• Journal of Music Therapy1
  • Journal of Pharmacy Technology
  • Journal of Sexual Medicine
  • LGBT Health
  • Music Therapy Perspectives1
  • New Microbes and New Infections
  • PsychologyOpen1
  • Public Policy and Aging Report1
  • Regeneration
  • Respirology Case Reports
  • Sexual Medicine Reviews
  • South African Journal of Psychology
  • Transactional Analysis Journal
  • Urologic Oncology: Seminars and Original Investigations
  • Veterinary Medicine and Science1
  • VideoEndocrinology1

1. Availability expected later in 2014.

For the electronic journals listed below, 2014 and future articles will not be available due to cancellation, ceasing of publication, or other publication change. Note that in many cases, 2013 and earlier articles will remain available. University of Pittsburgh users may order individual articles for a small fee through the HSLS Document Delivery Service.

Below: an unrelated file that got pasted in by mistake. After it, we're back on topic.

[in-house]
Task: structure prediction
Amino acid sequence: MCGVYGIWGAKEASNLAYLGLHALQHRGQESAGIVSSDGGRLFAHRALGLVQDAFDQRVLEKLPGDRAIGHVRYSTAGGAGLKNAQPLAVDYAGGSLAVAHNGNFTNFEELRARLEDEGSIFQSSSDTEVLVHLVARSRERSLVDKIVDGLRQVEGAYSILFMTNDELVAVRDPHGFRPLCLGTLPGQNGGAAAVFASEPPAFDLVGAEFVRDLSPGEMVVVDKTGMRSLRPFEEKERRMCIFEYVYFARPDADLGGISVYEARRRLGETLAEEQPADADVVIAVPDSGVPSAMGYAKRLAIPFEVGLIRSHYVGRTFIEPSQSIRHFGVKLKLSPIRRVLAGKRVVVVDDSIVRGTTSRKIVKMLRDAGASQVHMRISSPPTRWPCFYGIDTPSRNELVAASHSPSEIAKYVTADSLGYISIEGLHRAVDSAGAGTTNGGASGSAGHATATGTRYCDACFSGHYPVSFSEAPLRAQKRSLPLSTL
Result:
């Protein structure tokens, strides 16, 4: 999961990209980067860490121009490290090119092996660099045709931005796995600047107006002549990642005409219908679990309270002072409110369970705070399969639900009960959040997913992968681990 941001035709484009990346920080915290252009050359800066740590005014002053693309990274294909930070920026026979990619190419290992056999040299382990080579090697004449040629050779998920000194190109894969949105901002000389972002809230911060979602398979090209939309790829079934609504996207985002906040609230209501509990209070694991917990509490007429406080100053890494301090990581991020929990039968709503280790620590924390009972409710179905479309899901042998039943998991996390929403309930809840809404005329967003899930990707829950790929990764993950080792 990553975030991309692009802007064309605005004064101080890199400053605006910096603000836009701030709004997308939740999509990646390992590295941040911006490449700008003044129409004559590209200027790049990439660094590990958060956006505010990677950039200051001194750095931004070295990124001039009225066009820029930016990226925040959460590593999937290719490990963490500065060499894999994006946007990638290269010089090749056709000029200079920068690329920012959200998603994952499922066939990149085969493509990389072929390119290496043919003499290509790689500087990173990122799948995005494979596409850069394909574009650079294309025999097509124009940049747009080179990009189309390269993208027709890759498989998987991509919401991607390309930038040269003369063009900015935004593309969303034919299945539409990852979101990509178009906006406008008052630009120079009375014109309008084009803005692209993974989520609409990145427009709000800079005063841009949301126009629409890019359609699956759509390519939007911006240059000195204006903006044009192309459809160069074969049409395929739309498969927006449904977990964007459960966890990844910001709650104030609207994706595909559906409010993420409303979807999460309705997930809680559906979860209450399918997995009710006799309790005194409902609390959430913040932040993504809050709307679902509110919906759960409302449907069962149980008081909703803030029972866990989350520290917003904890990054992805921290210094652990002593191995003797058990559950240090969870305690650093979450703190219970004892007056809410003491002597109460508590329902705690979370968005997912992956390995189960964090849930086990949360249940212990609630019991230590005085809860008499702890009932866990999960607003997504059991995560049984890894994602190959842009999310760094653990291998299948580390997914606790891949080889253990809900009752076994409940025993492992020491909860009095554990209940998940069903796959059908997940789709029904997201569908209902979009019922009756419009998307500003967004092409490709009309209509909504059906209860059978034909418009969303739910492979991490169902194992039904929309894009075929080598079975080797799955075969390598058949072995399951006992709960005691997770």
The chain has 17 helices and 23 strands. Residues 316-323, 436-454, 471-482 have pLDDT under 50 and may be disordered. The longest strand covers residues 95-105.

• Aggressive Behavior
  • Australian and New Zealand Journal of Public Health
  • Australian Dental Journal
  • Behavioral Interventions
  • Behavioral Sciences and the Law
  • Blood Purification
  • British Journal of Diabetes and Vascular Disease
  • Cerebrovascular Diseases
  • Chinese-German Journal of Clinical Oncology
  • Clinical Nutrition Insight
  • Clinical Physiology and Functional Imaging
  • Congestive Heart Failure
  • Developmental Disabilities Research Reviews
  • Developmental Neuroscience
  • Disruptive Science and Technology
  • Epileptic Disorders
  • European Eating Disorders Review
  • Experimental Physiology
  • Genes and Cancer
  • Gerodontology
  • Hematological Oncology